When I think of Margaret Thatcher, I think of punk rock. In the 1980s, Thatcher and her American counterpart in conservatism, Ronald Reagan, became convenient dart boards for many a budding teenage anarchist, myself included, though most of us didn't know a trickle-down theory from a poll tax. Thatcher, like Reagan, simply struck us as a type: punitive, parental, firmly opposed to new views and raised voices.
I was hoping that "The Iron Lady," starring Meryl Streep as England's first and only female prime minister, would illuminate this fuzzy figure from my youth. It's certainly another tour de force for Streep, who perfectly nails Thatcher's every idiosyncrasy: the breathy but voluble voice, the steely but spacey gaze. It isn't Streep's fault that "The Iron Lady" ends up feeling so uninvolving and oddly dour.
The movie takes the typical approach, hastily hitting every highlight: the working-class girl, (Alexandra Roach is appealing as the young Margaret), her 1979 election to 10 Downing St., the 1982 Falklands War, the humiliating resignation in 1990. Throughout, we're seeing basically the same Thatcher everyone saw on television: the forceful, unbowing matriarch.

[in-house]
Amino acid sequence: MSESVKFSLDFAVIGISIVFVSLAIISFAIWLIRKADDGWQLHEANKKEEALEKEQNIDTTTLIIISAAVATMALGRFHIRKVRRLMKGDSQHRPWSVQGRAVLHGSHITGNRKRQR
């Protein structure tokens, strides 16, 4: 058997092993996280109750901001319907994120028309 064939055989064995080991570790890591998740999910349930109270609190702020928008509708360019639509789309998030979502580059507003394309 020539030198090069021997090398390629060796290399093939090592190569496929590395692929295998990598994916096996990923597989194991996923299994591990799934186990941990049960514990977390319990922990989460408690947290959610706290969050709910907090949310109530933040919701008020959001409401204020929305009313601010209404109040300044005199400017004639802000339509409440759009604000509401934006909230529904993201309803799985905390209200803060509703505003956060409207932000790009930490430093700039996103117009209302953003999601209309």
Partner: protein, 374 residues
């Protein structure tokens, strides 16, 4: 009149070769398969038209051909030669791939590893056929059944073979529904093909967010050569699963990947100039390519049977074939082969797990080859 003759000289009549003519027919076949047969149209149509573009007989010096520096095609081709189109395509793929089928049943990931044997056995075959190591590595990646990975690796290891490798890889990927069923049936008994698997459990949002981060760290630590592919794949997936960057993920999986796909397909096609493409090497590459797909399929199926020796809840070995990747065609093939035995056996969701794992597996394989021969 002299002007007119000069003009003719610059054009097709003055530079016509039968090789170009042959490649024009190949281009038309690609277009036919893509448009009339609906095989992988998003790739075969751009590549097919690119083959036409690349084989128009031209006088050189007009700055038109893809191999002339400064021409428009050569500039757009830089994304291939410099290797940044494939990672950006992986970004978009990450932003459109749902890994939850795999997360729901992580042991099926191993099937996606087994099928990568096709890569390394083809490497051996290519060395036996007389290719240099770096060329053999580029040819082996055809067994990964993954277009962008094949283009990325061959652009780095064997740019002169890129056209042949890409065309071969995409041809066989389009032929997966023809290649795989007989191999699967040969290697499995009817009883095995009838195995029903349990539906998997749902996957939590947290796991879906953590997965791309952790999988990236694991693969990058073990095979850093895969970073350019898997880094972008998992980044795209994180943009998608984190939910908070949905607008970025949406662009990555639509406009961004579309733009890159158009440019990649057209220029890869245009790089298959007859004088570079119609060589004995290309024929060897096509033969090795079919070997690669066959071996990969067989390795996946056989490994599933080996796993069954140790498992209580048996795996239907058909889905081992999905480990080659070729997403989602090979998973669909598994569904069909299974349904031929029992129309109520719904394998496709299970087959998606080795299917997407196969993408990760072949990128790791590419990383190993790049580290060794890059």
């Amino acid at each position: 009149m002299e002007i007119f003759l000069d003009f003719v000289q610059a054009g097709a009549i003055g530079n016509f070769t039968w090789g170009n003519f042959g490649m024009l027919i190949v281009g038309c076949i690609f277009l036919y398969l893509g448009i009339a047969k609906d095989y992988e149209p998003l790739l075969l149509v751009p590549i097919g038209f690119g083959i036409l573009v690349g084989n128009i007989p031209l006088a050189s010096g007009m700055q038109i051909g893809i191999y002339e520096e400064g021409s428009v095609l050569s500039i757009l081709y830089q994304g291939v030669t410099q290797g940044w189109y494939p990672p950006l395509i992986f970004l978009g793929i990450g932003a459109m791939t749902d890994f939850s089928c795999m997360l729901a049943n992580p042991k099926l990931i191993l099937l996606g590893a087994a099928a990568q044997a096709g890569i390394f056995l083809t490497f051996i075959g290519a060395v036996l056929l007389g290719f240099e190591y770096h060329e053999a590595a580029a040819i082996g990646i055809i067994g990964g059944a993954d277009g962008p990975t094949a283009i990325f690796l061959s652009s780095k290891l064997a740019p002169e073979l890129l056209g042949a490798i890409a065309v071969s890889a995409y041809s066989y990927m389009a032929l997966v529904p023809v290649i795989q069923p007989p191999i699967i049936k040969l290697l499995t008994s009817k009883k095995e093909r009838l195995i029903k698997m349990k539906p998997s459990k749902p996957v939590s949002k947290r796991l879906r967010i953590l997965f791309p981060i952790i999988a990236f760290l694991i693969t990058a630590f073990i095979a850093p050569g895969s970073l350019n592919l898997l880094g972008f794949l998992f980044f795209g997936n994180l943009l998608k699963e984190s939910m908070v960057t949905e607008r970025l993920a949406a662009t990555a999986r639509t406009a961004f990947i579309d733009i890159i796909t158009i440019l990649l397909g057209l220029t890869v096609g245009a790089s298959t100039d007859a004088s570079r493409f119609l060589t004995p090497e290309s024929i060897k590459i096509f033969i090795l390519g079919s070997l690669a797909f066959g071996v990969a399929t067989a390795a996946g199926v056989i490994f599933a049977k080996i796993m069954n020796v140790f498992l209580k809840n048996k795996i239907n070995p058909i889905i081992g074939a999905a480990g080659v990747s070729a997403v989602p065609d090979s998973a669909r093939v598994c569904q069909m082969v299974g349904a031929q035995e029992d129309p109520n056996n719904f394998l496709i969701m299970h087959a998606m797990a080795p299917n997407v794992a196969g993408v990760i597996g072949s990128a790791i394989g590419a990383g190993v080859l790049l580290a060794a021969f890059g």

Director Phyllida Lloyd ("Mamma Mia!") and writer Abi Morgan ("Shame") frame the film as a long flashback seen through the bleary eyes of an 80-something Thatcher, now so feebleminded that she's plagued by the hectoring ghost of her late husband, Denis (Jim Broadbent). That's a strange version of a man widely remembered as loving and supportive, and an even stranger version of a woman who was famously sharp, spirited and (unbeknownst to most Americans) flirty and even sexy. You'll see little of that person here. "The Iron Lady" is a portrait of Thatcher that my teenage self might have drawn: obvious, oversimplified and, for no apparent reason, unkind.
PLOT The life and times of England's first female prime minister, Margaret Thatcher
BOTTOM LINE Another tour de force from Streep, but the movie paints an overly familiar and oddly dour portrait of a vibrant, history-making figure
Streep charmed herself into role
A 2008 memoir by Margaret Thatcher's daughter, Carol, "A Swim-On Part in the Goldfish Bowl," helped inspire "The Iron Lady's" partly fictionalized screenplay by Abi Morgan. In 2009, Morgan sent her script to director Phyllida Lloyd, who says she initially worried that casting an American actress might inflame British audiences but picked Meryl Streep for a quality she and the ex-leader shared: "Thatcher was extremely charismatic," Lloyd says. "We needed someone who could match her charm."
Carol Thatcher's book was criticized by her mothers' contemporaries for revealing details of her dementia, a critique that also dogged the film after early screenings for some of Thatcher's inner circle. Capturing a life in its wane, however, was what had interested Streep.
"We've come under fire for trespassing on an old lady's fragility," Streep said. "In England, people say, 'Oh, it's shameful when she can't defend herself.' Defend herself from what? That someone is less of a human being because they've reached the end of their lives? . . . I got very angry when I heard that criticism, that we can't touch this because that should be behind closed doors. No, honestly, that's life."
-- Los Angeles Times